As you saw in the recent posting of a vintage vaudeville playbill, silent movies were sometimes part of a vaudeville show. These short films usually lasted no more than 15 minutes. They started creeping into vaudeville theaters in 1896. After 1905, they were more widely seen in nickelodeons. Here’s the first Nickelodeon in the country, opened in 1905. Nickelodeons were cheap entertainment; just a nickel. Vaudeville and theater plays were not exactly expensive, but they were too expensive for the lower economic class to attend. So a nickelodeon was the first place a poor person could go to see a moving picture show, also known as a flicker. Nickelodeons were cheap to run–you didn’t need anything but some folding chairs and a sheet for a screen–and because they were silent, immigrants who didn’t speak English could still enjoy them. No, they couldn’t read the titles (that’s what they called the words that interrupted and explained the action), but many flickers didn’t have any titles at all. Even when they did, people who were illiterate or couldn’t speak English could still get the gist of the story. Here’s a nine-and-a-half minute “short” about a train robbery that was hugely popular when it came out in 1903.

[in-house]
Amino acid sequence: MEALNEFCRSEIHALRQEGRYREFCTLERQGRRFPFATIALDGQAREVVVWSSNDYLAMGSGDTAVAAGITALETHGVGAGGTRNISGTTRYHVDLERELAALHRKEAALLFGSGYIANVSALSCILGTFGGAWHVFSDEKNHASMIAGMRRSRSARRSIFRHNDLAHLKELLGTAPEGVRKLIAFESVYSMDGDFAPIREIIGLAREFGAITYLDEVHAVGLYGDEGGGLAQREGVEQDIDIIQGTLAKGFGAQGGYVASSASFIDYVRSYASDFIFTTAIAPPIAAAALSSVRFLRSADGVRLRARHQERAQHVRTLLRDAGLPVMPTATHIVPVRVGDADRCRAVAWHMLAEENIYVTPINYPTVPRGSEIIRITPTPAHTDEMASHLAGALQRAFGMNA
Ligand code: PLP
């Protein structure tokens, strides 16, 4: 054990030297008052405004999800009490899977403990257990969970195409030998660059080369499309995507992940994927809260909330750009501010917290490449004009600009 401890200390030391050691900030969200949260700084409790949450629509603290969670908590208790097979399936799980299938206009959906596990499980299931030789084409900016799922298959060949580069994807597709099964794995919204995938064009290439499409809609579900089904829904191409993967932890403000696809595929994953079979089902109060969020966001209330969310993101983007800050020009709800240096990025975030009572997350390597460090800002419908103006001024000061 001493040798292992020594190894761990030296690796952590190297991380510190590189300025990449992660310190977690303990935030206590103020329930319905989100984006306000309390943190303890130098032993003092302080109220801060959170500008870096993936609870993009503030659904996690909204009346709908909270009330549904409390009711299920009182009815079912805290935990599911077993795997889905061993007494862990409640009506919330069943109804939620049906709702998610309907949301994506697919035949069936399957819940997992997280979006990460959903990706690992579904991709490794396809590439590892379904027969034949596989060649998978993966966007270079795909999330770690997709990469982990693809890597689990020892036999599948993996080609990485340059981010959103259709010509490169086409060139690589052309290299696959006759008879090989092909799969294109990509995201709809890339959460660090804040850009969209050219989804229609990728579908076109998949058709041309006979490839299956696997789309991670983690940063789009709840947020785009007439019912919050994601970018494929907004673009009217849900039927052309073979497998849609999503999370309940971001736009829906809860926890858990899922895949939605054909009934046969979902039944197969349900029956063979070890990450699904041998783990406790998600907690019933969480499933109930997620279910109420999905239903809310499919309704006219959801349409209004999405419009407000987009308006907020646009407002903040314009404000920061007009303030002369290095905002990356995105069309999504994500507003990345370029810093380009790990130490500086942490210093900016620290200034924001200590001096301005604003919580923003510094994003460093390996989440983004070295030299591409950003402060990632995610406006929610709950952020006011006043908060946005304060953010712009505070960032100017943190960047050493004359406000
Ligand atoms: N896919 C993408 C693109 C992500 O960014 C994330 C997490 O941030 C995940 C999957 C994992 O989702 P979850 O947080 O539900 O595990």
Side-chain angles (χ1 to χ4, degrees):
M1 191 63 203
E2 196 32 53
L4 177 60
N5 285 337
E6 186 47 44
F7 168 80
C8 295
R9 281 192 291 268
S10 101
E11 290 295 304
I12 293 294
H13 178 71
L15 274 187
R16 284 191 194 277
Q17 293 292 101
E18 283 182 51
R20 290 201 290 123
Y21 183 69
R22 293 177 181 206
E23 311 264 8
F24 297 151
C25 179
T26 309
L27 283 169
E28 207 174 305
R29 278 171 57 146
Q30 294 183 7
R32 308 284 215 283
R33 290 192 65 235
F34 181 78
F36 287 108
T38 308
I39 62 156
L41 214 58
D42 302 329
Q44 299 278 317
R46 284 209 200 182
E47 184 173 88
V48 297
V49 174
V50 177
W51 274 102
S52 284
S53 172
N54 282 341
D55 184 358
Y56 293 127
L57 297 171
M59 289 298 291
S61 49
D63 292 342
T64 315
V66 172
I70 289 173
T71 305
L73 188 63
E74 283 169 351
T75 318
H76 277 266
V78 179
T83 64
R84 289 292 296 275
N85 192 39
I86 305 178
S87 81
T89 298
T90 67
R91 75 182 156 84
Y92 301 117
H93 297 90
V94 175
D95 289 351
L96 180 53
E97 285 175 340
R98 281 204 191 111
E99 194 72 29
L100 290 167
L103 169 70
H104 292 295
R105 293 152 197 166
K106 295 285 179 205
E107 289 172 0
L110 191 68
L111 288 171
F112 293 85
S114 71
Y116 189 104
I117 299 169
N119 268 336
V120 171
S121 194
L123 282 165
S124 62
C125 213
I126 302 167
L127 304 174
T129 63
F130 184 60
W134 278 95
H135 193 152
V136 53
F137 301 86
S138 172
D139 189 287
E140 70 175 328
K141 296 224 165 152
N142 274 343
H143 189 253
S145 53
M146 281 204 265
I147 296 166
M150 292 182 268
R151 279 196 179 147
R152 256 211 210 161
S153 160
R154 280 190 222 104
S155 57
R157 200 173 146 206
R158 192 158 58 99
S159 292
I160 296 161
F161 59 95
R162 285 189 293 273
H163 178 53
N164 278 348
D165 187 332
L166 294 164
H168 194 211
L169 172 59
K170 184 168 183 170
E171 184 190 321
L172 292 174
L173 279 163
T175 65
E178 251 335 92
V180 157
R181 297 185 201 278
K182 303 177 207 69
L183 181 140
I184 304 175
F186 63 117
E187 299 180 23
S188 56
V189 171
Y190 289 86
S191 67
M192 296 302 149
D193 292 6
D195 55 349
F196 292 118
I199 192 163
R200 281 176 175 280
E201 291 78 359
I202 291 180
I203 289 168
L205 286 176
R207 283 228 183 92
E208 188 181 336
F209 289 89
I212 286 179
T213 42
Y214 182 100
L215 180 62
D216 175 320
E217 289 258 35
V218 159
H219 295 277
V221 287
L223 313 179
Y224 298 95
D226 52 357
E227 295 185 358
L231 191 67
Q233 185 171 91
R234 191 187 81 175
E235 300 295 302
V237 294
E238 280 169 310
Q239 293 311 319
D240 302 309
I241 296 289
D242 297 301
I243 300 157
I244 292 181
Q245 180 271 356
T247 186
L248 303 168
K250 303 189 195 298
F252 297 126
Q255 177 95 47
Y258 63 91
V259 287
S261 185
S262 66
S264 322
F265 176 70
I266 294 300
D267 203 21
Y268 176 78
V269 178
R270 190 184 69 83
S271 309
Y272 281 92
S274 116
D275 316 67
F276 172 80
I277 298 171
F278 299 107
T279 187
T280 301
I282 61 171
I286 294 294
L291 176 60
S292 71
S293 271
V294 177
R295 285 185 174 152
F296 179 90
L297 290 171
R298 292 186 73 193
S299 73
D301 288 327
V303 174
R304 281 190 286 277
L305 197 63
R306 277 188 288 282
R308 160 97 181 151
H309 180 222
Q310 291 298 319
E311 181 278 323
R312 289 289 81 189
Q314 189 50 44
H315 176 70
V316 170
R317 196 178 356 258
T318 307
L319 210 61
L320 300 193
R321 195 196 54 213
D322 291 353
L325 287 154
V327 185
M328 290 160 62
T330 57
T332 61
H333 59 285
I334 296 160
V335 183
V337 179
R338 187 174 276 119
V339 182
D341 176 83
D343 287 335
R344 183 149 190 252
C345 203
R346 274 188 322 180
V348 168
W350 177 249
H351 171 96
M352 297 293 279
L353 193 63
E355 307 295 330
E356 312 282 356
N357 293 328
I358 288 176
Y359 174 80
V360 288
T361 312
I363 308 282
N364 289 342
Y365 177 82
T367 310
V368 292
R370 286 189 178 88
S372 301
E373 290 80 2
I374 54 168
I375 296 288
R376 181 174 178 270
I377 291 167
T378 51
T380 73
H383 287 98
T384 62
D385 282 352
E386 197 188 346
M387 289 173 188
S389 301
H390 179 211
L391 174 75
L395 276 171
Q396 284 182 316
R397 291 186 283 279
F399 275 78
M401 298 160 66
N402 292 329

Nickelodeons declined in the 1910s as movies got longer. This longer format, called a feature, no longer fit into a typical 9-act vaudeville show where each act lasted about 10-15 minutes. Feature films were more expensive to make, and the price of a movie started climbing . . .